“The finest short stories are those that raise, in short, one particular man or woman, from that Gehenna, the newspapers, where at last all men are equal, to the distinction of being an individual. To be responsive not to the ordinances of the herd (Russia-like) but to the extraordinary responsibility of being a person.”-William Carlos Williams, “A Beginning on the Short Story (Notes)”
“He judges not as the judge judges but as the sun falling round a helpless thing.”-Walt Whitman, Preface to Leaves of Grass
“The world’s an orphan’s home.”-Marianne Moore, “In Distrust of Merits”
In his 1938 short-story collection Life Along the Passaic River, Williams emphasizes the discrepancy between realist verisimilitude and modernist self-reflexivity to dramatize the plight of the poor due to general economic conditions, particularly through the metaphor of the orphan. In addition, figurations of family, both positive and negative, offer an imaginative survey of possibilities and pitfalls for remedying the orphan’s predicament. The signs of personal dignity and creativity that permeate Williams’s collection of stories testify to the capacity and culture of marginalized people. Such accomplishments are all the more admirable for existing in the face of being cut off, or orphaned, from beneficial resources that ought to be available. Williams’s narrative map of Passaic reveals how such achievements help people cope with the losses symbolized by orphanhood. In what follows, several stories will be singled out as figuring the orphan (the first date of publication follows each title in parentheses): the title story (1934), “The Girl with the Pimply Face” (1934), “The [End Page 53] Use of Force” (1933), “Jean Beicke” (1933), “A Face of Stone” (1935), “Under the Greenwood Tree” (1938), and “World’s End” (1938).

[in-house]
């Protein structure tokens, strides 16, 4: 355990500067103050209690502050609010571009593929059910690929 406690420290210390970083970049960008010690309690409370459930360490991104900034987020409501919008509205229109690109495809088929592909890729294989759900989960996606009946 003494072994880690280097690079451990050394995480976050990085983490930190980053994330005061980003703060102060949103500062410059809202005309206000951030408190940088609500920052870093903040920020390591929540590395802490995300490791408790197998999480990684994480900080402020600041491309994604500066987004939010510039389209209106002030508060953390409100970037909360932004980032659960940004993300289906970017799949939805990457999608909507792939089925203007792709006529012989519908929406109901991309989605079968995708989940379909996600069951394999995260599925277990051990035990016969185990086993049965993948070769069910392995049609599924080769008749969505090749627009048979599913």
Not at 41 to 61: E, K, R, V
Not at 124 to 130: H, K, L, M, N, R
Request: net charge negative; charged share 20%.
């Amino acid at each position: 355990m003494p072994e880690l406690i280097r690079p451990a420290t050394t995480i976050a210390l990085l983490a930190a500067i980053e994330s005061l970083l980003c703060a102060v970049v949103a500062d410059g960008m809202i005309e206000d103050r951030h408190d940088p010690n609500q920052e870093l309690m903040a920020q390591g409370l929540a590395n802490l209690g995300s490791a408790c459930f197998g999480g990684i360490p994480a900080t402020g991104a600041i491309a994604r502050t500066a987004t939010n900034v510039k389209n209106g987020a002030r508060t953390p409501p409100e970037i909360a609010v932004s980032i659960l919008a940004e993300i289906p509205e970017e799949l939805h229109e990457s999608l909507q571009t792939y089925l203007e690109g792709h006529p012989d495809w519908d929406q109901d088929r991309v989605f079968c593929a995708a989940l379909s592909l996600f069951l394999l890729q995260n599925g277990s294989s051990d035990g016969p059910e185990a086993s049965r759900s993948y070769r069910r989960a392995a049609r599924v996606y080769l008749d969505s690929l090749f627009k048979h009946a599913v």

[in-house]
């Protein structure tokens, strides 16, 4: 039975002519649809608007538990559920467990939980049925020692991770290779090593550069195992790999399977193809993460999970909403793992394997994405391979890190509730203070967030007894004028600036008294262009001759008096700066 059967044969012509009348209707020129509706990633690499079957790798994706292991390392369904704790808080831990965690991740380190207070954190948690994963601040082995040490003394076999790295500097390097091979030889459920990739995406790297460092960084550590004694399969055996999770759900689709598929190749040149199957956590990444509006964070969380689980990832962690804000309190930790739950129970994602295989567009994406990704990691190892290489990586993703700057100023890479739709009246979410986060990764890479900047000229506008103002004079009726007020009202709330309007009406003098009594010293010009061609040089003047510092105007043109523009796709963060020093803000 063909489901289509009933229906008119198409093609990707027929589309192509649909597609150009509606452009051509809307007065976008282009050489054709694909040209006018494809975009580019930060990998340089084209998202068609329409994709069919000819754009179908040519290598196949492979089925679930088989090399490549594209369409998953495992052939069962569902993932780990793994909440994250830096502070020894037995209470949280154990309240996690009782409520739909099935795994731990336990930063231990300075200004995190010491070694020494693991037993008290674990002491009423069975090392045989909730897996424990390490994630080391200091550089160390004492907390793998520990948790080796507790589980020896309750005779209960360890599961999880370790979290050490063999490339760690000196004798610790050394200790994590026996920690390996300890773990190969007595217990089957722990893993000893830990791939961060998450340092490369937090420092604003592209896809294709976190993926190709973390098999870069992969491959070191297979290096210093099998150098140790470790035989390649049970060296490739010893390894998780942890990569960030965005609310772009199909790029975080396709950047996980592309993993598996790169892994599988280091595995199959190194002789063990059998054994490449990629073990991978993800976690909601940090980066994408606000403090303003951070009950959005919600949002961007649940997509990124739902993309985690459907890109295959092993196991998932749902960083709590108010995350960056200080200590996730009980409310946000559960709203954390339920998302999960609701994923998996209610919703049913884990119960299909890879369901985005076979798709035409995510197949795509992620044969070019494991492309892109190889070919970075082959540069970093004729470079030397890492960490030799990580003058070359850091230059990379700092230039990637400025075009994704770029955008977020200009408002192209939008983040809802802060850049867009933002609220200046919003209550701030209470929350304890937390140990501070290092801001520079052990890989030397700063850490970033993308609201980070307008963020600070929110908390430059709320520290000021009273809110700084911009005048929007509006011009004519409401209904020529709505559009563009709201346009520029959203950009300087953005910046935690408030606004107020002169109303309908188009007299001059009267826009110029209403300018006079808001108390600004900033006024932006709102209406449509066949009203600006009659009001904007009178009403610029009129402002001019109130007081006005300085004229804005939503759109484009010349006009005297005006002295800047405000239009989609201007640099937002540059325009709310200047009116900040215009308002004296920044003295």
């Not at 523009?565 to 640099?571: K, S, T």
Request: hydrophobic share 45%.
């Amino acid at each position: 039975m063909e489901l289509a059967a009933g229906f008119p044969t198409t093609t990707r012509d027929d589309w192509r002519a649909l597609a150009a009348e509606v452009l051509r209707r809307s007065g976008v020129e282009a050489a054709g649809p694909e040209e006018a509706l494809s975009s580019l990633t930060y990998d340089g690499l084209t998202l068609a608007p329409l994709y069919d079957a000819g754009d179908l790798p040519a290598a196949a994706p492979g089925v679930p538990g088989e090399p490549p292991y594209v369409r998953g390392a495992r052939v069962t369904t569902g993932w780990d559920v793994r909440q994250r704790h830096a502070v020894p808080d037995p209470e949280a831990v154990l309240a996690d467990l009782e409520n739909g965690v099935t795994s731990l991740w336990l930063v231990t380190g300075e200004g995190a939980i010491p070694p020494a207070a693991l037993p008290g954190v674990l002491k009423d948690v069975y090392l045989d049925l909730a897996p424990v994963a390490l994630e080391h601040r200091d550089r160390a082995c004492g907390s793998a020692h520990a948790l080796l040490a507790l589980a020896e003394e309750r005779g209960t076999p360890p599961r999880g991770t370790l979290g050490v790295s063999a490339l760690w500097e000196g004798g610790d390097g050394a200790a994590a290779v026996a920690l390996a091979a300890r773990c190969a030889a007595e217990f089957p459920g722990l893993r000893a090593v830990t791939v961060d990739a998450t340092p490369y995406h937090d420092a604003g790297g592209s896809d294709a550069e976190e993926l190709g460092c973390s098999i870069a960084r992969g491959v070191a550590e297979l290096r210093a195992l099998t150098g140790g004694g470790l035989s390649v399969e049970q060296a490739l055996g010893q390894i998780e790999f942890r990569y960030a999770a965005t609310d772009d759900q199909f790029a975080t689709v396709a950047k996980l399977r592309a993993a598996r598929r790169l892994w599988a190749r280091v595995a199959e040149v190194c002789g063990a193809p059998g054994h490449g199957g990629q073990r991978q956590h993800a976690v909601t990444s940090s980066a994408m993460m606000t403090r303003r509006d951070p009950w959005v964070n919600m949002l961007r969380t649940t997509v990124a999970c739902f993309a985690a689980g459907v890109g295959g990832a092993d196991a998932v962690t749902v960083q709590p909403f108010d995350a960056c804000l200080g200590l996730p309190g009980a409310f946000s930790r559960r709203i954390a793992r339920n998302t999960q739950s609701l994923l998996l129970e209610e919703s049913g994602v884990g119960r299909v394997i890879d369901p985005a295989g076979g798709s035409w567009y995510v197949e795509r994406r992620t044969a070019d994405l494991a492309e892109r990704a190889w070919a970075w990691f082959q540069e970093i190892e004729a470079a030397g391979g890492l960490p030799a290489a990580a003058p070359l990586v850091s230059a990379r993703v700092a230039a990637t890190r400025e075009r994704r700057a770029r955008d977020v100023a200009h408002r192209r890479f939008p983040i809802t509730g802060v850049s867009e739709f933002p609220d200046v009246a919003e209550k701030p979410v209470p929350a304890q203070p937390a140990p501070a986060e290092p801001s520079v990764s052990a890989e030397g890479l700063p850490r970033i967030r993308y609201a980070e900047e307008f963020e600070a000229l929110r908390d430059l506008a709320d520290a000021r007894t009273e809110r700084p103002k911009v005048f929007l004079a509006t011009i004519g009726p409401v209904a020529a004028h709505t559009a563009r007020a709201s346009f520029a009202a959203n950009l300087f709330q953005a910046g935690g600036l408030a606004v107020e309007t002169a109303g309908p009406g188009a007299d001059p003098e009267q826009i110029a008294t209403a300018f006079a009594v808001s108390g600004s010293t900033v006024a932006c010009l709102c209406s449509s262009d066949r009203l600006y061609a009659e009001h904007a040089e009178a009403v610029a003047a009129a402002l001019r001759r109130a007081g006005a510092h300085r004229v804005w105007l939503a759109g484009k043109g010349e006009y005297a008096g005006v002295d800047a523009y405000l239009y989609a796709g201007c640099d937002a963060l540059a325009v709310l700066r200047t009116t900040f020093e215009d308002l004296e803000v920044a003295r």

In the title story, which also opens the volume, Williams draws the reader into his fictive world by following the contours of the Passaic River and a variety of human activities in relation to it.1 The syntax of the opening sentence pays homage to the landscape by imitating the river’s drift, but it also carefully establishes the urban setting of the collection by calling attention to the factory on the river as well as the children playing along the river’s banks. The visual appeal of the first sentence has a cinematic intensity, zooming in on “a spot of a canoe filled by the small boy who no doubt made it” (FD 109). Williams also includes a soundtrack to his “midstream” portrait when he alludes to “a sound of work going on there” from the Manhattan Rubber Co. By carefully situating his reader in this richly elaborated world, Williams sets the stage for the participant-observer ethos of much of his collection and conjures a vivid reality.2 In Robert Gish’s words, “the narrator […] is so moved to empathy that he passes beyond voyeur to participant through the telling and retelling of their lives” (66).
At the same time, in the very next paragraph Williams reminds his readers of the mediated quality of his portrait by focusing on the children’s cry of “Paper!” (FD 109). In doing so, Williams unites his commitment to a local, historicized realism with a self-reflexive form of representation common in modernist writing. He makes readers notice the variety of material modes or media (visual as well as linguistic) available for depicting Passaic. And he draws attention to his own manner of representation, the formal techniques for rendering that world. By uniting what Stephen Halliwell calls mimesis as referential imitation to mimesis as perspectival world-making in the opening scenes of this first story in the collection, Williams invites his readers both to experience the world of Passaic, New Jersey, “first-hand” through an absorbingly realistic verisimilitude and to notice his artistic creation of that world through a modernist self-consciousness about form (5).3 In other words, a realist mimesis is generally content-based, while a modernist mimesis is more oriented toward the process of creation necessary for representation. Realism seeks to mirror its object, whereas...